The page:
Tom Curran's Top 50 of the Belichick Era

Curran: In a duel of Perfect Patriots, is it Edelman or Troy Brown?


A nice rack of ribs? Or a perfectly cooked ribeye? Perfectly sunny and 75? Or partly sunny and 81? I could keep going. But you know what I’m driving at. Some things are so eminently acceptable and good that there is no truly RIGHT answer.

But is there room for waffling when it comes to the Top 50 Patriots Under Bill Belichick?!?! No. No waffling.

So I have to make a decision when this list is unveiled next week: Which Perfect Patriot do I list first: Troy Brown or Julian Edelman?

Patriots Talk Podcast: Top 50 of the Belichick era debate: Julian Edelman vs. Troy Brown | Listen & Follow | Watch on YouTube

Edelman was drafted in the seventh round. Brown was drafted in the eighth round.

Edelman did every little thing he was asked to do -- catch, block, return punts and even defense. And Brown did all of those things first.

Edelman oozed toughness, competitiveness and relentlessness and gave the Patriots receiver corps a “dog” mentality. Hi. Troy too.

Biggest games, biggest plays? Both. Both, both, both. Over and over again.

Curran: Why it's time to update the Top 50 Under Belichick list

"I look at Jules and Troy and they just break down neck-and-neck in a lot of those categories," Devin McCourty said when I asked his opinion. "I just think you pick one or two things that makes a difference. I don't know who has the higher punt return average or kick return average? To me, it’s those little things. I think their impact is very similar."

Scott Zolak played six years with Brown, all under Bill Parcells. Zolak’s seen every play of Edelman’s career as a media member and as the color analyst on the team’s radio calls.

I asked Zo, “I shouldn’t go Julian Edelman over Troy Brown, should I?”

There was a long pause.

"That’s a tough one for me because I played with Troy and I think the world of Troy," he said. "I’d put Edelman over him. Postseason numbers. The third down catches, the punt returns -- not that Troy didn’t do that. Edelman wouldn’t be Edelman if it wasn’t for Troy."

Which is what McCourty pointed out as well.

“When Jules came in to play defense (during the 2011 regular season and playoffs), what do we watch in the squad meeting to explain why this is gonna work?” asked McCourty. “We watched Troy play defense (during the 2004 season). What do we hear about Troy every year I've been here? His best moments were in the biggest games. When you think of Jules what do you think about? His best moments were in the biggest games."

If you go by the numbers under Belichick, here’s how it breaks down.

Troy had 420 regular season catches for 4,539 yards and 23 touchdown catches from 2000 to 2007. He carried 28 times for 196 yards. He returned 148 punts for 1,569 yards (10.6 average) and three touchdowns.

Edelman, from 2009 through 2020, had 620 catches for 6,822 yards and 36 touchdowns. He carried 58 times for 413 yards. He returned 177 punts for 1,986 yards (11.2 average) and four touchdowns.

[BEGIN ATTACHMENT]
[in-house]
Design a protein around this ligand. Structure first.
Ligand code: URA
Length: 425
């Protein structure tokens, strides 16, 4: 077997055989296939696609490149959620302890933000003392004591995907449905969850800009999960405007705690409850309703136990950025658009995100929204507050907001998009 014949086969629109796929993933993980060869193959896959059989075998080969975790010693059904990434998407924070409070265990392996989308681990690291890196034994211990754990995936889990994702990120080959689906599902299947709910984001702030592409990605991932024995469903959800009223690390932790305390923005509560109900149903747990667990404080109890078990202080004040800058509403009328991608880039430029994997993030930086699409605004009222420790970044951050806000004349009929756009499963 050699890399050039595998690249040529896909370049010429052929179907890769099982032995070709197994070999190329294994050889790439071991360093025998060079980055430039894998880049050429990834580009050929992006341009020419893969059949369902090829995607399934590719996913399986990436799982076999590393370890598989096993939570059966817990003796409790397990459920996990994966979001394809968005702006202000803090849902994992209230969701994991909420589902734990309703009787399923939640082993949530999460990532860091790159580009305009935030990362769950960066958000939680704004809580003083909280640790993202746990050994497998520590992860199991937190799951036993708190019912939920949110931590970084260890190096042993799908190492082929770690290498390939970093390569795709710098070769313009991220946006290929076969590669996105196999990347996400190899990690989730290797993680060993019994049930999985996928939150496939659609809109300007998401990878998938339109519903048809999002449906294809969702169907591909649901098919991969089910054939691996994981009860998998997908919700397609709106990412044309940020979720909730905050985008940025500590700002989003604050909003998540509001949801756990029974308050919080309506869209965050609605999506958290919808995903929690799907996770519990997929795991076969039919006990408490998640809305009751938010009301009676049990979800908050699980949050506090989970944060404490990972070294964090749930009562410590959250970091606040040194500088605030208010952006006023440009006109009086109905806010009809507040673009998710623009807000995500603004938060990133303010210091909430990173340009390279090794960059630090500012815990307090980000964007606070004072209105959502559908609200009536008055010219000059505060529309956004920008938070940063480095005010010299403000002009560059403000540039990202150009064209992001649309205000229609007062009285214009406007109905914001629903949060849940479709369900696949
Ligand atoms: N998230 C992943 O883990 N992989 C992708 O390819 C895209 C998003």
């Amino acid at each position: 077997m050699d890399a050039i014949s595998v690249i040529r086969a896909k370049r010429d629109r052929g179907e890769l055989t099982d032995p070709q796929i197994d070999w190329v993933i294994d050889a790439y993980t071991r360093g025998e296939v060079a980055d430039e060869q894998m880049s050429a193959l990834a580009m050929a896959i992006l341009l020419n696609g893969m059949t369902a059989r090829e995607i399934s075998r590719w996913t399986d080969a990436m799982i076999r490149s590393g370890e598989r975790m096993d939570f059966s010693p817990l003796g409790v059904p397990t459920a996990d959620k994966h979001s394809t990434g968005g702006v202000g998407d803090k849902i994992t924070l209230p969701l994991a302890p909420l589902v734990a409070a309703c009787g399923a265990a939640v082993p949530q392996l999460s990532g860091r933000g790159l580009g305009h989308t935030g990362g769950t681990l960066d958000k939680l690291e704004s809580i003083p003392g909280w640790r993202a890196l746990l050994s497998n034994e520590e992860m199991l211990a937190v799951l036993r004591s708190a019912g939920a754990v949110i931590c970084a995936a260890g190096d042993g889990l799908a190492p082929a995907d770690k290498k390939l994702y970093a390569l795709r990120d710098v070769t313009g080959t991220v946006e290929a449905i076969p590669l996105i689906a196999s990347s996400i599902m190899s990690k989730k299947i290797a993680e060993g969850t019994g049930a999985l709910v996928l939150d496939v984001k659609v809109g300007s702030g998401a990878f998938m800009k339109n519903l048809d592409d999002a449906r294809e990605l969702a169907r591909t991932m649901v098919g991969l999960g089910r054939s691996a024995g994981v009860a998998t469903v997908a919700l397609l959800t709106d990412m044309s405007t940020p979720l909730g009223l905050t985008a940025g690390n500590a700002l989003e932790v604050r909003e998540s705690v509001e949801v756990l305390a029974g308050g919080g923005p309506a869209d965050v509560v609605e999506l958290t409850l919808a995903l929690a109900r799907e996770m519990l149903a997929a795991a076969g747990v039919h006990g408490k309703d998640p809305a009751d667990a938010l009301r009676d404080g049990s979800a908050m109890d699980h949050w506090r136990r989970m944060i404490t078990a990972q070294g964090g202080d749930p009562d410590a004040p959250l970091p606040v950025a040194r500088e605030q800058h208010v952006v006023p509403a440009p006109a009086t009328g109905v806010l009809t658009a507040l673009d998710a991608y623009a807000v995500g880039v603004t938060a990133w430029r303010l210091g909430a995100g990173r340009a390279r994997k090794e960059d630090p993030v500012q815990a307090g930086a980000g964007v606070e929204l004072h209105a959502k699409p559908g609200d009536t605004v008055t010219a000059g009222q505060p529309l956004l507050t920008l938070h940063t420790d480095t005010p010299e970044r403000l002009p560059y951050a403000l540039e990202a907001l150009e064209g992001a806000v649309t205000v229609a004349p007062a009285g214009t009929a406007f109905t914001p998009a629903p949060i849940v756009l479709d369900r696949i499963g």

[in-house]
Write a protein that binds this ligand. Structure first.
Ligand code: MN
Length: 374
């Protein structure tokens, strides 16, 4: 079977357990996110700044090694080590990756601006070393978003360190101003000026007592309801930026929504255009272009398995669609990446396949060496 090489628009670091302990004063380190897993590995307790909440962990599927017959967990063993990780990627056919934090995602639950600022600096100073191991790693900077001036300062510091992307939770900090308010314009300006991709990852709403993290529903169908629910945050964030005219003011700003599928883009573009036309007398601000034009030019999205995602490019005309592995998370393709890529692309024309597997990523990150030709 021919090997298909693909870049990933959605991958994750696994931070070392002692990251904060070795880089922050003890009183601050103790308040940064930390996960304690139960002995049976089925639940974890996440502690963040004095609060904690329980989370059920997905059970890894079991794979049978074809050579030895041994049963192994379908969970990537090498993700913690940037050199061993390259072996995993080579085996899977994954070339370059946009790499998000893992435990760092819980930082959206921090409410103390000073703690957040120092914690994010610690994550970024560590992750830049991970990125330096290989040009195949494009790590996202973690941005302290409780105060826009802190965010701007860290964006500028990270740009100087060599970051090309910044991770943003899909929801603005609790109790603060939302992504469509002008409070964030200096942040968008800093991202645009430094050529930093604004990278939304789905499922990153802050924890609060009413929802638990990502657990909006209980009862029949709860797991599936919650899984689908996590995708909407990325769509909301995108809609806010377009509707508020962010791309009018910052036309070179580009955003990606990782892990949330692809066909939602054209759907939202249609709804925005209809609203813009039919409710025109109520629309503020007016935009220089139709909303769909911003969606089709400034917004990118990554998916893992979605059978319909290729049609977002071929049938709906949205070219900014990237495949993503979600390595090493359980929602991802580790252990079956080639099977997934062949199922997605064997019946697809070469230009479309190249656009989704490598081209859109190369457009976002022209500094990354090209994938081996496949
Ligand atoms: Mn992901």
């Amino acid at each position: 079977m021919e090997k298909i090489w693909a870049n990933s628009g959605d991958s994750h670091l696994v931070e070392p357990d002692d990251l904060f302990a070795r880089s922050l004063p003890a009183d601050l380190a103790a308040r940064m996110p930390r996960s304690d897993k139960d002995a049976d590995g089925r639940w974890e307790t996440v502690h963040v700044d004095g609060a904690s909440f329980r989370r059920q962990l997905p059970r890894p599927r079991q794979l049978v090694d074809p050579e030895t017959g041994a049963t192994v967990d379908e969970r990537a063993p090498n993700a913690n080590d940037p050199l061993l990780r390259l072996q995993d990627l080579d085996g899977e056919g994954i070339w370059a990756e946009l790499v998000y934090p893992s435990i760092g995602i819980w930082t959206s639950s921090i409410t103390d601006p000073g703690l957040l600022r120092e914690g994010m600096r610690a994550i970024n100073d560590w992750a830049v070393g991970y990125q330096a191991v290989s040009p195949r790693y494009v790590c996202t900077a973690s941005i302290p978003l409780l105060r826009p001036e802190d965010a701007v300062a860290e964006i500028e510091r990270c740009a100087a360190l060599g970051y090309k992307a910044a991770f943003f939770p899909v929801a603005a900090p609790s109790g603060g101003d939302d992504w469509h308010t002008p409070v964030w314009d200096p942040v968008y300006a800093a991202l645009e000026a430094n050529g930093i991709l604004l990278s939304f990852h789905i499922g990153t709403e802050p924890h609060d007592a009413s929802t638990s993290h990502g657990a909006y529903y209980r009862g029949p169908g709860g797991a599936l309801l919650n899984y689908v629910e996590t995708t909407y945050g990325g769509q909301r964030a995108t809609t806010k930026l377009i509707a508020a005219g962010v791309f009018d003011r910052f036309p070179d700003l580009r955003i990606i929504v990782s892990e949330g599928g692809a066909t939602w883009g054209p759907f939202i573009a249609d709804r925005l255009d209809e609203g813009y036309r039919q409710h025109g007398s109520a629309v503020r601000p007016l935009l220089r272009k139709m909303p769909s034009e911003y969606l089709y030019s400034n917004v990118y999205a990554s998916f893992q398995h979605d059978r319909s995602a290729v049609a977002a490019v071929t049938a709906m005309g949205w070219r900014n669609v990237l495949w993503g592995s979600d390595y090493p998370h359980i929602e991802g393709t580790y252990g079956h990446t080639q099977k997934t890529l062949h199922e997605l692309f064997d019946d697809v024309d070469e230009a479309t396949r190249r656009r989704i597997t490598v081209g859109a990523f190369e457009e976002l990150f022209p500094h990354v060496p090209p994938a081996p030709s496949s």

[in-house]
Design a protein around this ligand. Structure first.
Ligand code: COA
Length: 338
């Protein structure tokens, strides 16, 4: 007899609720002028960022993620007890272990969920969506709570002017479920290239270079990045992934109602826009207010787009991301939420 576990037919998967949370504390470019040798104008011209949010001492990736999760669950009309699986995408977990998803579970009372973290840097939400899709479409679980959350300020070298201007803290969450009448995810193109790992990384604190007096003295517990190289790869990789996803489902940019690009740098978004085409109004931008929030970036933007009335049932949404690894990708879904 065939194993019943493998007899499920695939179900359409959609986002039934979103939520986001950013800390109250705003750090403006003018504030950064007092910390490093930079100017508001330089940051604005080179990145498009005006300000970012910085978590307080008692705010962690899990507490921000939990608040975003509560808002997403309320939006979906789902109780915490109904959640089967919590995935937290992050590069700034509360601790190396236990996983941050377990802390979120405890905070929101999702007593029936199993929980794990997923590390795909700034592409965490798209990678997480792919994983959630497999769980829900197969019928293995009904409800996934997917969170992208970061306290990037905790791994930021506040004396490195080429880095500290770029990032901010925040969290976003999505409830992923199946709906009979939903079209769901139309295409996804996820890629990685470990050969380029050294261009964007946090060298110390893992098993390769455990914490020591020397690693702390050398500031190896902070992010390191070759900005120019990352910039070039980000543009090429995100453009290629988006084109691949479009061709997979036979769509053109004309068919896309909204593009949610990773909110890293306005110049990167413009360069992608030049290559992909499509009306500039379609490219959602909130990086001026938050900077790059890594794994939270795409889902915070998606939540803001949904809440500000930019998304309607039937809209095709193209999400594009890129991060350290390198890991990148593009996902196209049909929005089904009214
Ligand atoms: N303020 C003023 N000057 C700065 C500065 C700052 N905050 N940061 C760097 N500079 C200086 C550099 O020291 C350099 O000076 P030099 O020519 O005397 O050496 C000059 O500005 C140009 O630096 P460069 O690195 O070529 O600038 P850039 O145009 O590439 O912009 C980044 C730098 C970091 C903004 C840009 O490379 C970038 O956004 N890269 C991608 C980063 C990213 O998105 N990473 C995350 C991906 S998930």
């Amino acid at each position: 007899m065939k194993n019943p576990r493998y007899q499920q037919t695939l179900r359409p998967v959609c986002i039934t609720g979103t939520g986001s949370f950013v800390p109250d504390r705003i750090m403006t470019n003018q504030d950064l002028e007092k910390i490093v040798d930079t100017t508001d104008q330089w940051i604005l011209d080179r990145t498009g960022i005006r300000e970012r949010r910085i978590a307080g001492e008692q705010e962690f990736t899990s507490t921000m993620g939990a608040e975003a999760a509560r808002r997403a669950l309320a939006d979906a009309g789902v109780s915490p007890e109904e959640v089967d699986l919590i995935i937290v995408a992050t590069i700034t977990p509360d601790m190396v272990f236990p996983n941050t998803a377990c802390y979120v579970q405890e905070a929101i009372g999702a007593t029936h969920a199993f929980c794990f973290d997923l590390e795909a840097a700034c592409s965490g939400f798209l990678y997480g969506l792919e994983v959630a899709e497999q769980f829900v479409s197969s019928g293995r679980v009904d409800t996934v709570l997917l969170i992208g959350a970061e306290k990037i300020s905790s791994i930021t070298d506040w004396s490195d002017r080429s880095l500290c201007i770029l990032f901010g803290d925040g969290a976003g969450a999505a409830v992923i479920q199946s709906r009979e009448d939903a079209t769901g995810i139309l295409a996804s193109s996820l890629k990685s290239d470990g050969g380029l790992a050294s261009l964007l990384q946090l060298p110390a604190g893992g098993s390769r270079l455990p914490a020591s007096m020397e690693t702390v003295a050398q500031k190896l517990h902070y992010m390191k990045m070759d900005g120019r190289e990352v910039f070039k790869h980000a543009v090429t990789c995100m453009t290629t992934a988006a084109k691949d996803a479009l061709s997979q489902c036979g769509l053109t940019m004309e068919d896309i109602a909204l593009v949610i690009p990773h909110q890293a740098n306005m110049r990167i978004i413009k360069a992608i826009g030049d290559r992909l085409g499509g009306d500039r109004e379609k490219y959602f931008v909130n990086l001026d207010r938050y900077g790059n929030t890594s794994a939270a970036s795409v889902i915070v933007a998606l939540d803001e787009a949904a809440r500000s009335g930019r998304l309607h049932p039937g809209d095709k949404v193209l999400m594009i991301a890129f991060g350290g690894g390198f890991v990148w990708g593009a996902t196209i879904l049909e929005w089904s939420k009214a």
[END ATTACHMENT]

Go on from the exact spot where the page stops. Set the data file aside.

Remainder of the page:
In the Patriots' Super Bowl runs in 2001 and 2003, Brown was targeted 48 times and had 35 catches for 428 yards. In 14 playoff games, he returned 25 punts, the most memorable one being the 55-yard touchdown in Pittsburgh that got the Patriots on the board first in the AFCCG. Brown’s heady scoop and lateral later in the game led to another touchdown in that game that put the Patriots on track for New Orleans.

Edelman played 19 playoff games for the Patriots, had 118 catches, 1,442 yards and five touchdowns. He carried 11 times for another 81 yards and a touchdown. He threw a touchdown when the Patriots were in "gotta have it" mode against the Ravens in the 2014 Divisional Playoffs. The plays he’s made are legend.

Objectively, Edelman did more for Belichick’s Patriots than Brown did in terms of production. Still …

“I think Troy Brown is your No. 2 (on the overall list),” said Christian Fauria who, like Zolak, played with Brown and has covered Edelman.

“I had Vince (Wilfork) at No. 2 in 2015,” I answered.

“I see that,” Fauria countered. “I think Troy Brown is your No. 2.”

“But Vince was recognized as a better player league-wide,” I said.

Tom E. Curran's Top 50 Players Under Belichick, circa 2015

“He was but that's where your criteria kind of throws me,” said Fauria. “Is it league-wide or team impact/difference maker for your team? I do think you get extra points for being a foundational guy. The guy that made the sacrifices, kind of set the tone.

"Like, I think Tedy (Bruschi, No. 3 in 2015) is a great player, a great player for this team. But you know, Troy Brown was Mr. Patriot first, wasn't he? Like the Perfect Patriot? He was like the first in a line of slot receivers … and I do think, you know, you get extra points for being a foundational guy, the guy that made the sacrifices, set the tone. … “

These guys are going to be close on the list. Somebody has to go first, though.

McCourty offered some counsel.

“You have to be like, ‘All right, this guy gets the edge because he led in receptions or he’s second to Jerry Rice in every playoff category,’ ” he began. “When you put one guy at nine and one guy at 10, when I see that, that's the same thing.

"I’d just think, ‘All right, he struggled with that. He picked this guy because there was probably one thing where he edged him out. But I think theoretically people that see the list will know that it could have went either way.”

Editor's note: Tom E. Curran's Top 50 players under Bill Belichick, 2.0, will be released beginning Monday, June 28 right here on

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